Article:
War time president of the Ilijas Crisis Staff Ratko Adzic has testified at the trial of Ratko Mladic that there was no plan to expel Muslims and Croats. According to Adzic, Muslims and Croats left the municipality as ‘a result of a difficult and chaotic situation’, not under duress. Adzic has also denied that he had any authority over the Ilijas Brigade. Documents contradicting Adzic’s claims are full of errors, he has told the judges

Ratko Adzic, defence witness at Rako Mladic trialRatko Adzic, defence witness at Rako Mladic trial

Ratko Adzic testified at the trial of his namesake Ratko Mladic. Adzic is the war-time president of the Serb municipality of Ilijas and its Crisis Staff. He went on to become the interior minister of Republika Srpska. In his statement to the defense Adzic said that ‘the SDS implemented a policy designed to defend Serbs against the threats of genocide and ethnic cleansing made by Muslims and Croats’ organized by the SDA in the Patriotic League and Green Berets.

In Adzic’s words, in the first months of the war in the Ilijas area there was a ‘peace agreement’ in effect. It lasted until a Muslim offensive launched on 3 May 1992. After the fighting began, he ‘tried to ensure the freedom of movement’ for Croat and Muslim civilians, said Adzic. The witness claimed that there was no plan to expel Muslims and Croats. According to Adzic, Muslims and Croats left the municipality as ‘a result of a difficult and chaotic situation’, not under duress.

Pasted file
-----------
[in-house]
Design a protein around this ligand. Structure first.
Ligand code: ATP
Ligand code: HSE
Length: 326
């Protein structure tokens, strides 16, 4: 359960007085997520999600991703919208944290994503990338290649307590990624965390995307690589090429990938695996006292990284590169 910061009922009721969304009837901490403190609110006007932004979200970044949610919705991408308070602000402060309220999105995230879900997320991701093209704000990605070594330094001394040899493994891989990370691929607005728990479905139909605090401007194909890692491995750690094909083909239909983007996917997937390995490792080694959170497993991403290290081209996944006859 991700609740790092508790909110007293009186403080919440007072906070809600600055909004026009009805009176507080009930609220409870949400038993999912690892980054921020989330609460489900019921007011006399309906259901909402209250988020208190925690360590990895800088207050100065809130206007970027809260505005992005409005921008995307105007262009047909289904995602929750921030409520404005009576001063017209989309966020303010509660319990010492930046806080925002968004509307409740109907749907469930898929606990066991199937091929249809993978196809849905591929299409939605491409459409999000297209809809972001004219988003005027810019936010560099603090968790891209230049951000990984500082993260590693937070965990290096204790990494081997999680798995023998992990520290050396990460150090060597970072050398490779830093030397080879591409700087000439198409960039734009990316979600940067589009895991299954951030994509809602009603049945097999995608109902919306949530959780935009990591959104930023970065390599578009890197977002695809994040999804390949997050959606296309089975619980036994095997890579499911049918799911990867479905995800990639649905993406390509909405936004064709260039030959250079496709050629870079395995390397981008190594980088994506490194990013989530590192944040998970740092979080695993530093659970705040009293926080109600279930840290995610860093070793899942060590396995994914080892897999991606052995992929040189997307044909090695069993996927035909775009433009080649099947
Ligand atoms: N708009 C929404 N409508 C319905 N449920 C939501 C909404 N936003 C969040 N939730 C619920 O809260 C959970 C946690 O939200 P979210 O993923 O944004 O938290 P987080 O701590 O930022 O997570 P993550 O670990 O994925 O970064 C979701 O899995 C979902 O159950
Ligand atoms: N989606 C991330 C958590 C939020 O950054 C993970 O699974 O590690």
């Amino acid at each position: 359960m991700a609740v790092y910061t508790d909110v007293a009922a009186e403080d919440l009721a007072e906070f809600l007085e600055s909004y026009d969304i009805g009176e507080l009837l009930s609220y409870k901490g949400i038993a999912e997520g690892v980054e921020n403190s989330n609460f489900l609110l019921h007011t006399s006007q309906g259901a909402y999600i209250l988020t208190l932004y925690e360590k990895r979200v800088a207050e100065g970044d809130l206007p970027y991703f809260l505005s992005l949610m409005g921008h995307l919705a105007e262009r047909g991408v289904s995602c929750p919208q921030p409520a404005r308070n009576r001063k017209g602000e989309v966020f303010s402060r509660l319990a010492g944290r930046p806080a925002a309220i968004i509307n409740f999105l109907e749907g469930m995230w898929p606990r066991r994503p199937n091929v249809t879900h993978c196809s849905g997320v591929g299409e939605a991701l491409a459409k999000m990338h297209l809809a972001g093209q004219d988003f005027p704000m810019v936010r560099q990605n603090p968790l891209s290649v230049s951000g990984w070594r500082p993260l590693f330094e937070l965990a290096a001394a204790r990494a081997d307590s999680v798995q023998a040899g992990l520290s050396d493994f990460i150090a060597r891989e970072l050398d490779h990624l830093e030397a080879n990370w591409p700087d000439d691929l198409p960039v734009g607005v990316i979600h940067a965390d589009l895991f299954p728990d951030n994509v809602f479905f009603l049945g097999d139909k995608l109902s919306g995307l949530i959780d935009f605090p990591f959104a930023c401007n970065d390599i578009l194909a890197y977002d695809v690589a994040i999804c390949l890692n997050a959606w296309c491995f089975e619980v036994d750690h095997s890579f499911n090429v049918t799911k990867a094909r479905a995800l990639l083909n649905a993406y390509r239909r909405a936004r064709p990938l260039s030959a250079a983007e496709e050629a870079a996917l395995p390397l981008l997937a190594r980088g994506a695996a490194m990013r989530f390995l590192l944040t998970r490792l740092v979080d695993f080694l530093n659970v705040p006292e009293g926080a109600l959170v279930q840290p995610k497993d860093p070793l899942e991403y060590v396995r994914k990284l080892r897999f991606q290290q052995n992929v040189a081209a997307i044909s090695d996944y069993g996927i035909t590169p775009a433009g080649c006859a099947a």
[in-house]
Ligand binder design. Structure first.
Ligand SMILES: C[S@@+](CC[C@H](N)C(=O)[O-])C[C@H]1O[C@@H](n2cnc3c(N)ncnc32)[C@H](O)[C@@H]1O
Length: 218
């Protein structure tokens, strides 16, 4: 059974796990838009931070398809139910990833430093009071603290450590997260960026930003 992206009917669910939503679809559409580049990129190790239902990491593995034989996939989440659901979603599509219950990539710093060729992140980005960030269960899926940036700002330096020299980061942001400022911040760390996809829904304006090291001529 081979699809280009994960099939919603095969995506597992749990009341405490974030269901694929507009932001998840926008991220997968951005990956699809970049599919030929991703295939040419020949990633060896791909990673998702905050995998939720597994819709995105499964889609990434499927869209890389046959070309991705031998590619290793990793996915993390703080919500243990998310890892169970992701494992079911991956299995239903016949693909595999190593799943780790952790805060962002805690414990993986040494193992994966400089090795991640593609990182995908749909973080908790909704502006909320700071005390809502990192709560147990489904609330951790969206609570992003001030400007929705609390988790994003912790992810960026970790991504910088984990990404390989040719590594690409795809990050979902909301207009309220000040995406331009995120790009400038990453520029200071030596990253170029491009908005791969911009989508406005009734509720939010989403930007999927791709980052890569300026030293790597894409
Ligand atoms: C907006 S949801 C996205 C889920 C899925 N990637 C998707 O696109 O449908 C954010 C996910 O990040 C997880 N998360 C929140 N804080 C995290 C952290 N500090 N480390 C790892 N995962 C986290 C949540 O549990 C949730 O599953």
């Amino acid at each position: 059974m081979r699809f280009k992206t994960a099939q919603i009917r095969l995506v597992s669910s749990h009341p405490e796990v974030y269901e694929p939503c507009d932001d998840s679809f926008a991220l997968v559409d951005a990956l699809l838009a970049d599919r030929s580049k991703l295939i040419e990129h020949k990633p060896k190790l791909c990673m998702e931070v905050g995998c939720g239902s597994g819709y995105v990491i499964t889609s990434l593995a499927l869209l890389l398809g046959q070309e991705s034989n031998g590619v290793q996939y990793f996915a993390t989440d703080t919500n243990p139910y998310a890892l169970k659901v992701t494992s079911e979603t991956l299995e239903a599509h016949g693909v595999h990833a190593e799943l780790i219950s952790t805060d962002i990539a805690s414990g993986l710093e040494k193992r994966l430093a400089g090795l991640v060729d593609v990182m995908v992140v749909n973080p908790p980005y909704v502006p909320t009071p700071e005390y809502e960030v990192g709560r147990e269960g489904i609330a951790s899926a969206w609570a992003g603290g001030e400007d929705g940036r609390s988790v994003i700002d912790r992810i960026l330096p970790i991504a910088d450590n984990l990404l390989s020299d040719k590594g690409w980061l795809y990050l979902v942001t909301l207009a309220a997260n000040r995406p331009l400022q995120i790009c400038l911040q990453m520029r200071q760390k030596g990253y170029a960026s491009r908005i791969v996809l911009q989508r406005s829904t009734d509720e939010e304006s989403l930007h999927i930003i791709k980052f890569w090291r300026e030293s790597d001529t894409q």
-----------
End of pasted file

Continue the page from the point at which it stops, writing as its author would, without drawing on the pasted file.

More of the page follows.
Given Adzic’s position as the Crisis Staff, presiding judge Orie wanted to know if the Serb military forces in that municipality had been under his command until the formation of the VRS in May 1992. Adzic told him that he only had the Territorial Defense under his command. A while later, in the cross-examination the witness said that he also had the Serb police under his command.

The witness also claimed that he had no authority over the Ilijas Brigade, established in late May 1992 except ‘in terms of making arrangements and giving advice to the command’. Prosecutor Bibles then showed Adzic a letter of 12 June 1992, in which Adzic asked for weapons from RS president Radovan Karadzic to ‘defend and clean up the terrain’. Adzic signed the letter as the commander of the ‘VSN’. When the judge asked Adzic what the acronym stood for, Adzic explained it meant ‘military forces’, i.e. the Territorial Defense.

The prosecutor confronted Adzic with a document in which several Muslims were granted permission to leave Ilijas. That document, from late June 1992, also bore the Ilijas Brigade seal and Adzic’s signature as the ‘commander’. The witness claimed that at that time he was just the municipality president and was signed as commander ‘by mistake’. Adzic said that the Red Cross issued permits to citizens who wanted to leave. He, Adzic explained, intervened only in ‘exceptional situations’.

In the cross-examination, Adzic was confronted with a document of 15 May 1993, which appointed the Prijedor police chief Simo Drljaca a member of the commission set up to investigate genocide against the Serb people. From January to July 1993, Adzic was the RS police minister. According to Adzic, that document too was ‘full of errors’. When he was minister, Drljaca was appointed the chief of the MUP Information Department but this was done just on paper: Drljaca never assumed his duty.

The judges noted that Adzic had avoided giving direct answers several times, or gave ‘imprecise’ answers. If he continued to do so, the judges warned, his entire evidence could be rejected. At the prosecutor’s request, the witness was read Rule 90 E, which grants witnesses the right not to answer potentially incriminating questions.

After Ratko Adzic completed his evidence, the trial continued in closed session.